AUSTIN -- In the most recent aerial video provided by the Lower Colorado River Authority, not much has changed at Lake Travis. The shoreline is still very much exposed.
Right now, Austin is in Stage 2 water restrictions, which limits watering to one day a week. Austin Water spokesperson Jill Mayfield says residents have been doing a great job.
"Our water numbers, our usage numbers, are really at a good point right now, so people have been mindful of the conservation message and really taking it to heart," Mayfield said.
Right now, Lake Travis is 37 percent full. Lake Buchanan is 39 percent full, so the combined storage is 38 percent.
Mayfield says if Central Texas doesn't get sufficient rain over the next few months, Stage 3 restrictions are a possibility.
"That's at 600,000 acre-feet. Today, we're at about 763,000 acre-feet for both Travis and Buchanan," Mayfield said.
Round Rock's director of utilities, Michael Thane, says residents are also doing a great job of conserving water.
"Our daily usage is really low, and we need that now as we're going through this drought. So, they've been responding to our education and outreach programs very well," Thane said.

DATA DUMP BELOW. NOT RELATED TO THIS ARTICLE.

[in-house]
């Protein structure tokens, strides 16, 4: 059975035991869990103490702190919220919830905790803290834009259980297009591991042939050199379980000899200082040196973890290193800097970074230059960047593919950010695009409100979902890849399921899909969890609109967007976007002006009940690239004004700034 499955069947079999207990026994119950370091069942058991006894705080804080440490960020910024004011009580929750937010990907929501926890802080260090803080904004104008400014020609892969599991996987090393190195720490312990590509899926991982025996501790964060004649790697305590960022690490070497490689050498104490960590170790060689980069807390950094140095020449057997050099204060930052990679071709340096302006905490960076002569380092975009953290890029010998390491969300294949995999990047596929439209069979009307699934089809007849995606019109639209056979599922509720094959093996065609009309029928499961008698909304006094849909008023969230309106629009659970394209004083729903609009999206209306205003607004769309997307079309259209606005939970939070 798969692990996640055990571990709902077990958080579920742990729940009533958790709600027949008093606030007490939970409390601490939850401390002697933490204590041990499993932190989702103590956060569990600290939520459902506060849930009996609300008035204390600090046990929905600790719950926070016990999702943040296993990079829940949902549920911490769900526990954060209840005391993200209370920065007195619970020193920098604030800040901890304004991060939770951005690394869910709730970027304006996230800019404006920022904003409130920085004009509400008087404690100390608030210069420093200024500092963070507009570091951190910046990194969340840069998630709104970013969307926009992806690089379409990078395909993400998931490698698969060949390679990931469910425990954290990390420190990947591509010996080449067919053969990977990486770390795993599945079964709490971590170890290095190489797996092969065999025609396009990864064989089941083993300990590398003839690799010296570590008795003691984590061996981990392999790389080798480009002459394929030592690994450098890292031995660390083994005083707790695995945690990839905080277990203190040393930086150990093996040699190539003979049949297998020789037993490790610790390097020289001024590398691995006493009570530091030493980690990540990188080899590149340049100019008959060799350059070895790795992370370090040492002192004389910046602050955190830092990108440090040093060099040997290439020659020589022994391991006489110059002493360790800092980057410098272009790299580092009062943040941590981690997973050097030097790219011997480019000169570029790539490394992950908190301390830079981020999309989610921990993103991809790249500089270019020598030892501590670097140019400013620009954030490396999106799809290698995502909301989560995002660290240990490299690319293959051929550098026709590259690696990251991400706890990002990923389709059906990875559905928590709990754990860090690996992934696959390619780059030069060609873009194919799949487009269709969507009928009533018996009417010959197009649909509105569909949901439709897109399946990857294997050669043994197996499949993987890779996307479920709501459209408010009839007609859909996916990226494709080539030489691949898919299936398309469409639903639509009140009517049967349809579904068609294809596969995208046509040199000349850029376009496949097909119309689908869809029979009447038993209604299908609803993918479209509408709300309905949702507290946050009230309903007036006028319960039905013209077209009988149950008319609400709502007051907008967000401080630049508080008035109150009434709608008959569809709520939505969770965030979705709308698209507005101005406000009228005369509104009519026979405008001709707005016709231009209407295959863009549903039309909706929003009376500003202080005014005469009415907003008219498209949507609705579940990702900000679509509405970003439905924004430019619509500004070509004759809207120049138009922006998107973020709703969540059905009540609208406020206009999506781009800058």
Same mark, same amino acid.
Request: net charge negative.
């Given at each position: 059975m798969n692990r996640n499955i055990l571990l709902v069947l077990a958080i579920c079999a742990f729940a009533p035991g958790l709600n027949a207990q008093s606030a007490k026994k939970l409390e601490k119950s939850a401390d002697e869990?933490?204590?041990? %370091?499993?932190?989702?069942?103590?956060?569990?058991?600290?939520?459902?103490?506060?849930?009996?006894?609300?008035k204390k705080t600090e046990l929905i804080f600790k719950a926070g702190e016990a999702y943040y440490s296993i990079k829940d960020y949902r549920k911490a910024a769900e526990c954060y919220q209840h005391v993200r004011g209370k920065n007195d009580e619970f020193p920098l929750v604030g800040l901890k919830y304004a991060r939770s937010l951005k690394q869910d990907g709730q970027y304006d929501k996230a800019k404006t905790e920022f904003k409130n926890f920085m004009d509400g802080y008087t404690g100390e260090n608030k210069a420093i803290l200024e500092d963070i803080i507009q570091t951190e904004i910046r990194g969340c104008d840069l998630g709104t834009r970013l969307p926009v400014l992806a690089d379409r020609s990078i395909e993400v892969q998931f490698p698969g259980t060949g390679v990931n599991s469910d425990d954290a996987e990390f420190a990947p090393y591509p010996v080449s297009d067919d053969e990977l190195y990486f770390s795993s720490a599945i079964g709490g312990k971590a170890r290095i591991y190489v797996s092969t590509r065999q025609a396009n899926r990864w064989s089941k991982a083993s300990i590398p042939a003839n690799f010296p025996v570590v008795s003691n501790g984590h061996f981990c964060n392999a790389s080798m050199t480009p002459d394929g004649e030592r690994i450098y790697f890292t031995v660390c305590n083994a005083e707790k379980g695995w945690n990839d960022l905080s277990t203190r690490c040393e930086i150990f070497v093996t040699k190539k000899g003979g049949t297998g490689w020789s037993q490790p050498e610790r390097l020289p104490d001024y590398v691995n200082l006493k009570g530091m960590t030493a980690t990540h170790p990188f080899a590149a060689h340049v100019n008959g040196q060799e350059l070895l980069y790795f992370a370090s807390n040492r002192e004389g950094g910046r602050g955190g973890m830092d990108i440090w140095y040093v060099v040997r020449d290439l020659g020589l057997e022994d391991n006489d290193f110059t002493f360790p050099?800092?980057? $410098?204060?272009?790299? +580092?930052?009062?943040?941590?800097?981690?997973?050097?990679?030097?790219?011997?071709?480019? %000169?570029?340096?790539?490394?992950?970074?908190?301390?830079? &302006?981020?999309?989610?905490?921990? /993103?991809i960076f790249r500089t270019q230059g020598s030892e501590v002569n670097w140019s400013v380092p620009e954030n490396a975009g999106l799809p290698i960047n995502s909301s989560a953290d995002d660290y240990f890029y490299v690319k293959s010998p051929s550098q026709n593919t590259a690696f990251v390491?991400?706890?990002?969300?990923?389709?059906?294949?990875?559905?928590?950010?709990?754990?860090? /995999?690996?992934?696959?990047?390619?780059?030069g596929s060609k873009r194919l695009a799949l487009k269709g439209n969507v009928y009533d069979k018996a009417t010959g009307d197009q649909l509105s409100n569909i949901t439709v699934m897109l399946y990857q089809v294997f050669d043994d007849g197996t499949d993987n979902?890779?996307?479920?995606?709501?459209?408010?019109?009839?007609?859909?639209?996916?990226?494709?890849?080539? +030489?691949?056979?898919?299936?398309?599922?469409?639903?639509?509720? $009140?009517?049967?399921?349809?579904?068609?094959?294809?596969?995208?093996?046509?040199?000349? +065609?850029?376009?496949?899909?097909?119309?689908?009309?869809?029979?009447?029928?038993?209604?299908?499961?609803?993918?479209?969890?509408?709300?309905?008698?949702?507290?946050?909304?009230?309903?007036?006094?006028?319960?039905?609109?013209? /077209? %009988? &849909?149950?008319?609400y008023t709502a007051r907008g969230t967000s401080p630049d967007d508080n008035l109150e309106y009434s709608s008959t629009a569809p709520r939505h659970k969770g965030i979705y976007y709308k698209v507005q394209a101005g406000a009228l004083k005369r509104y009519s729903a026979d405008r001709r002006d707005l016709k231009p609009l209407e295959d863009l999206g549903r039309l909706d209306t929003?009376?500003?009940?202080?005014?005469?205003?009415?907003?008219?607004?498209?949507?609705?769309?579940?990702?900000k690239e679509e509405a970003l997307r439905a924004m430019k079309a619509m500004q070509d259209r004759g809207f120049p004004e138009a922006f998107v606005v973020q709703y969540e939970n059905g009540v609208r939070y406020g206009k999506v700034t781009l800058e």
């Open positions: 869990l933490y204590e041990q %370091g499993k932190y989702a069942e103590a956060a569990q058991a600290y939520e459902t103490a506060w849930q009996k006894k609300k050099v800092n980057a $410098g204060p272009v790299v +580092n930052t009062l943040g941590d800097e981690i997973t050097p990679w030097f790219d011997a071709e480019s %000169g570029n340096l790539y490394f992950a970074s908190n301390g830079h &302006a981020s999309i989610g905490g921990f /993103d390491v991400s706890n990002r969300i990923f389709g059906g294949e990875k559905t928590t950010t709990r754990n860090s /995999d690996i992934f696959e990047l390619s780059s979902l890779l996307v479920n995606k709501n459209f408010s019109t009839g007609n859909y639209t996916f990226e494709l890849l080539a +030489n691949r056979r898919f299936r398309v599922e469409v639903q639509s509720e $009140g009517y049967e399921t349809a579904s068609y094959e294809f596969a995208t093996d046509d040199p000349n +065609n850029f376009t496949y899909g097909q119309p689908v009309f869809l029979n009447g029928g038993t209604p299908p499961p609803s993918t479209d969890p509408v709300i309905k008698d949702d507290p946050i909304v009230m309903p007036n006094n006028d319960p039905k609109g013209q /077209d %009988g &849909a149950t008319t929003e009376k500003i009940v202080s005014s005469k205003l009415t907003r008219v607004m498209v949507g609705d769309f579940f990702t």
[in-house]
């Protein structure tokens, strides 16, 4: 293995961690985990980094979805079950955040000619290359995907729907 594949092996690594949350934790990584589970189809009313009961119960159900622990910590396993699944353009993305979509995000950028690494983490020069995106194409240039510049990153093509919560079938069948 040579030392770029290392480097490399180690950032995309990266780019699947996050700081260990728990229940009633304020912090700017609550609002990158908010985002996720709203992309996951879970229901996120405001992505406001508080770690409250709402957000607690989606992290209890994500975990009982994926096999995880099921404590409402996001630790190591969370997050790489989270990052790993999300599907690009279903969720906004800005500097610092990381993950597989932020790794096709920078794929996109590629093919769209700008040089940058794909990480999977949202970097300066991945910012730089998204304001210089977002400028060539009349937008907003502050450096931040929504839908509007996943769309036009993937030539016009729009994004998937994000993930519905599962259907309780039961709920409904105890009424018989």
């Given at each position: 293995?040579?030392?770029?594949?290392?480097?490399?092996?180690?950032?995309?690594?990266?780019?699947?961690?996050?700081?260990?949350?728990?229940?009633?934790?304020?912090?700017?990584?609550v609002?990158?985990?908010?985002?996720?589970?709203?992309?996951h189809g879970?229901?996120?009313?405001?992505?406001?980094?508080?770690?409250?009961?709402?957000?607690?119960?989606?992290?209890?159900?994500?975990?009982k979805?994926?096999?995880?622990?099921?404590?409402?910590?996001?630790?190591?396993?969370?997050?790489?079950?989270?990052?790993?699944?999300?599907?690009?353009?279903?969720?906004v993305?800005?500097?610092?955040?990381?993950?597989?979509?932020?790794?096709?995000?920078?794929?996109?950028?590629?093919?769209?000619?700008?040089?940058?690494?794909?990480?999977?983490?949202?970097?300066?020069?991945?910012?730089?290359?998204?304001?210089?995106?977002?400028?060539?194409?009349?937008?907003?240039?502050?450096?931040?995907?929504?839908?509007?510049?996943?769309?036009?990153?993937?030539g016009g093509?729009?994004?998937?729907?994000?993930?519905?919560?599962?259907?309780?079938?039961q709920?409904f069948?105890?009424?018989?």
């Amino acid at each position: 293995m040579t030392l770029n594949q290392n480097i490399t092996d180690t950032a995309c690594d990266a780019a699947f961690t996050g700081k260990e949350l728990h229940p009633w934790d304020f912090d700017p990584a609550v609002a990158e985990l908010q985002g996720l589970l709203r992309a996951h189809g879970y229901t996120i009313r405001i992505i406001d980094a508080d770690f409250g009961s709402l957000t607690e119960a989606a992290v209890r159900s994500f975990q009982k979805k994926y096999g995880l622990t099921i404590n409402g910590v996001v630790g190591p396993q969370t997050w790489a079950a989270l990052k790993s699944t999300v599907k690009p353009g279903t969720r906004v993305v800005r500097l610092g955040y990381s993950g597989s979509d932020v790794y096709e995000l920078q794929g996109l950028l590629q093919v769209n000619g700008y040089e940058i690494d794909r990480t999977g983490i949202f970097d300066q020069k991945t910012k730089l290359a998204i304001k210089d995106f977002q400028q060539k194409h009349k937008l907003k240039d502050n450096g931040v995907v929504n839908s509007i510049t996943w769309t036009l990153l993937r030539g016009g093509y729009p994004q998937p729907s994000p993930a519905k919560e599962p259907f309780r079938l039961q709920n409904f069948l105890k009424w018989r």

When asked if he is concerned about the city going to higher water restrictions, he said there's no need to panic now, but, he said, "As you hit the summer months, we'll definitely be watching that closely."
In San Marcos, the city is currently under Stage 2 water restrictions. However, the city's conservation coordinator, Jan Klein, says without good rainfall over the next few months, Stage 3 could be triggered.
KVUE'S Albert Ramon says there just might be a bit of good news...possibly.
"Well, currently we are in a neutral weather pattern, meaning we're not in El Nino or La Nina, but some long-range models indicate that we may be heading back into a El Nino weather pattern, and that may be above-average rainfall for us as we head towards the summer months," Ramon said.
Of course, since that forecast is subject to change, the best thing to do is to continue conserving water, while hoping the lakes get more rain. Much more rain.